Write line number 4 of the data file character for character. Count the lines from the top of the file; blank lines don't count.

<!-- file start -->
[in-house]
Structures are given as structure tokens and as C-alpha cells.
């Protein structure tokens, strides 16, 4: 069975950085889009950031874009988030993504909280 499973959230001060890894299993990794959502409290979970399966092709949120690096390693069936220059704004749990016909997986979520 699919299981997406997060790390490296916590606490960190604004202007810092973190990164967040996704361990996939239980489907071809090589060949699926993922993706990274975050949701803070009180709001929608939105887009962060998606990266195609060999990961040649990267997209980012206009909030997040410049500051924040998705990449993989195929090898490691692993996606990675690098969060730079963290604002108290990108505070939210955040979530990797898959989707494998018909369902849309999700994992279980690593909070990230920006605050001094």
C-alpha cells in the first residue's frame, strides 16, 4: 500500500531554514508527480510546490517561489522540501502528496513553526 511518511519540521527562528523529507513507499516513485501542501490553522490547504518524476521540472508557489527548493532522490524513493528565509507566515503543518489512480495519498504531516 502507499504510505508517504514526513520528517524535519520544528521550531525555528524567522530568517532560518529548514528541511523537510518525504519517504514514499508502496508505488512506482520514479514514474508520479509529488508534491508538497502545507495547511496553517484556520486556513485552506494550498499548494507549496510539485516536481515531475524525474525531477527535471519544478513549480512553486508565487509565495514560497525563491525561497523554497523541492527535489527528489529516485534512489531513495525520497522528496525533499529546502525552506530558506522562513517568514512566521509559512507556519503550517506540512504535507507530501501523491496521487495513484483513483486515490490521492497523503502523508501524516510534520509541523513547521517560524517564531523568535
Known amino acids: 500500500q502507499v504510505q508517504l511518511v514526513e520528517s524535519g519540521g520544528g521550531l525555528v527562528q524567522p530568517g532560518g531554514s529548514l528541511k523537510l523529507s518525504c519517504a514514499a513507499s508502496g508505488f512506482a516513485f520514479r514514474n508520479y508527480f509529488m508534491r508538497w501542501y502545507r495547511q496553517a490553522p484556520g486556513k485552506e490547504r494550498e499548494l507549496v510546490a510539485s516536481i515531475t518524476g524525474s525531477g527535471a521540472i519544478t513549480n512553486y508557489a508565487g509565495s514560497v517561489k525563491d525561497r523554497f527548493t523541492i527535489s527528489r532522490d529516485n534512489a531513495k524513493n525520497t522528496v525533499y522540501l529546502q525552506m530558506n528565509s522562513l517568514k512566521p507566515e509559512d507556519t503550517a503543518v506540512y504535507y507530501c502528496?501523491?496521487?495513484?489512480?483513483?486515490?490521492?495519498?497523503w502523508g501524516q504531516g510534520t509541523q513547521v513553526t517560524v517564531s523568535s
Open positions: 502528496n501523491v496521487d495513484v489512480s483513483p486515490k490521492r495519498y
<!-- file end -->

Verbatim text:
C-alpha cells in the first residue's frame, strides 16, 4: 500500500531554514508527480510546490517561489522540501502528496513553526 511518511519540521527562528523529507513507499516513485501542501490553522490547504518524476521540472508557489527548493532522490524513493528565509507566515503543518489512480495519498504531516 502507499504510505508517504514526513520528517524535519520544528521550531525555528524567522530568517532560518529548514528541511523537510518525504519517504514514499508502496508505488512506482520514479514514474508520479509529488508534491508538497502545507495547511496553517484556520486556513485552506494550498499548494507549496510539485516536481515531475524525474525531477527535471519544478513549480512553486508565487509565495514560497525563491525561497523554497523541492527535489527528489529516485534512489531513495525520497522528496525533499529546502525552506530558506522562513517568514512566521509559512507556519503550517506540512504535507507530501501523491496521487495513484483513483486515490490521492497523503502523508501524516510534520509541523513547521517560524517564531523568535